BMJ. 2013 Jul 25;347:f4754. doi: 10.1136/bmj.f4754.
Fewer younger women are undergoing female genital mutilation, study finds.
The practice of female genital mutilation is becoming less widespread in countries with low prevalence of the practice, prompting the children’s charity Unicef to say there are strong signs it will become a “vestige of the past.”
A statistical report on the 29 countries in Africa and the Middle East where the practice is most prevalent shows that in some countries the practice is declining rapidly.1 Researchers used 70 household surveys conducted over a 20 year period, as well as carrying out new surveys, to look at the changing landscape surrounding female genital mutilation.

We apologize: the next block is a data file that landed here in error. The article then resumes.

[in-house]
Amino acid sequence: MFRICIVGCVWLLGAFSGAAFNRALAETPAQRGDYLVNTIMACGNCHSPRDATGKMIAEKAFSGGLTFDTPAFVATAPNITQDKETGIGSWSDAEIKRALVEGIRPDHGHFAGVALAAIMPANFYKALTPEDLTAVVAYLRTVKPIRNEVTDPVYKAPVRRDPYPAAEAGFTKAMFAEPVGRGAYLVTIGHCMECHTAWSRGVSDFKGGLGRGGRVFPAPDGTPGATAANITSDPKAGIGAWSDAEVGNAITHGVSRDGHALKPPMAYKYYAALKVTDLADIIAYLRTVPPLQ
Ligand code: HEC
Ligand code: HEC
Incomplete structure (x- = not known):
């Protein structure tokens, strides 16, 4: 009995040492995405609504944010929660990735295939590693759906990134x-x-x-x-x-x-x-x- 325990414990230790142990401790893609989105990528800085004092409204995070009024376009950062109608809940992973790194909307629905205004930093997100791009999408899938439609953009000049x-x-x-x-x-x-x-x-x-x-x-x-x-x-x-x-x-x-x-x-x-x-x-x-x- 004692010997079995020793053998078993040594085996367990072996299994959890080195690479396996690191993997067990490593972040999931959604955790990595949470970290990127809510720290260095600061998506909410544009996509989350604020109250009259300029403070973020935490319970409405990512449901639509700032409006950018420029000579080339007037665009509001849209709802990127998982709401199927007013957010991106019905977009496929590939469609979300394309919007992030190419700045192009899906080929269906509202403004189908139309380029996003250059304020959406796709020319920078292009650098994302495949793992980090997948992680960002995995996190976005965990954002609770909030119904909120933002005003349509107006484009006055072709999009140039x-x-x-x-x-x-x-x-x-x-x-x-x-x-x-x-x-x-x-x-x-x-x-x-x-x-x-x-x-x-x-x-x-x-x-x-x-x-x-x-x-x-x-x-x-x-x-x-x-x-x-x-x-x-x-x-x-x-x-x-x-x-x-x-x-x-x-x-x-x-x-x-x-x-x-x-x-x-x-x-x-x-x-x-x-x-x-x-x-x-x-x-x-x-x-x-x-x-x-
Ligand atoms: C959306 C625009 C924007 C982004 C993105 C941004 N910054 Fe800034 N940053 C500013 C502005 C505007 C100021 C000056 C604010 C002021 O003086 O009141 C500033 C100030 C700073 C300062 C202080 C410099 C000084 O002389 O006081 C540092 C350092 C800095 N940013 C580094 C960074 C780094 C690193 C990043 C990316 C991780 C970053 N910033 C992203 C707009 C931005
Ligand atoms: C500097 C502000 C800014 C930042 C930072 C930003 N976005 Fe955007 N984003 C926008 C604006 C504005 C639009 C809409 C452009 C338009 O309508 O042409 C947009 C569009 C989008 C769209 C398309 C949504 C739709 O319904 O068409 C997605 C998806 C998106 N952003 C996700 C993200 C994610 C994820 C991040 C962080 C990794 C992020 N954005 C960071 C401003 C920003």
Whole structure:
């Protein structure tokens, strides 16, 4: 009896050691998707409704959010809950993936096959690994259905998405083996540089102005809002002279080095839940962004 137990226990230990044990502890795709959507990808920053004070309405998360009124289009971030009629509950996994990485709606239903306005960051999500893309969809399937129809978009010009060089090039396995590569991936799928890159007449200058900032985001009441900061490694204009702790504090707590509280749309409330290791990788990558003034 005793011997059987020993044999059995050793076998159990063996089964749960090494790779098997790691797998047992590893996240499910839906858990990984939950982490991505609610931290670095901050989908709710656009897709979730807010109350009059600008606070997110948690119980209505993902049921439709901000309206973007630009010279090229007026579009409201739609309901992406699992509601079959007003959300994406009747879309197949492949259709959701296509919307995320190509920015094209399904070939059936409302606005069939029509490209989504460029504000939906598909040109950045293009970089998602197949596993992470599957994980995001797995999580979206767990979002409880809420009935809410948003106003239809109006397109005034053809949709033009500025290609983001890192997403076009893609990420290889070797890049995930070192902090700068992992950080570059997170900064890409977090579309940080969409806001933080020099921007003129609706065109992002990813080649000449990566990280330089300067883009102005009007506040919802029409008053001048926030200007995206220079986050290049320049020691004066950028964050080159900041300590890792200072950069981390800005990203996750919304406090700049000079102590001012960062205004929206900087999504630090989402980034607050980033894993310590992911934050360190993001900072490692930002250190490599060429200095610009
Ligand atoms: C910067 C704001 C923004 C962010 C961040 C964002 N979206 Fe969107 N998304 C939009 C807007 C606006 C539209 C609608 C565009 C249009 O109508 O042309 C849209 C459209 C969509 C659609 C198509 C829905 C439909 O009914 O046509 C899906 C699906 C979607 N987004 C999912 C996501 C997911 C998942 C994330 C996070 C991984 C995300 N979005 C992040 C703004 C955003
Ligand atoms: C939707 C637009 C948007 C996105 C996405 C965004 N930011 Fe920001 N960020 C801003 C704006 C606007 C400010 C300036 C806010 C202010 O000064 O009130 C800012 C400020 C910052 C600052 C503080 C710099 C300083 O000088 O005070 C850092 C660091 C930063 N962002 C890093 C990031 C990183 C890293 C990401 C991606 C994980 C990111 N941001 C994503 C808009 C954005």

Researchers asked women and girls aged 15 to 19 years whether they had undergone the procedure, which in most cases takes place before the age of 10. They asked the same question …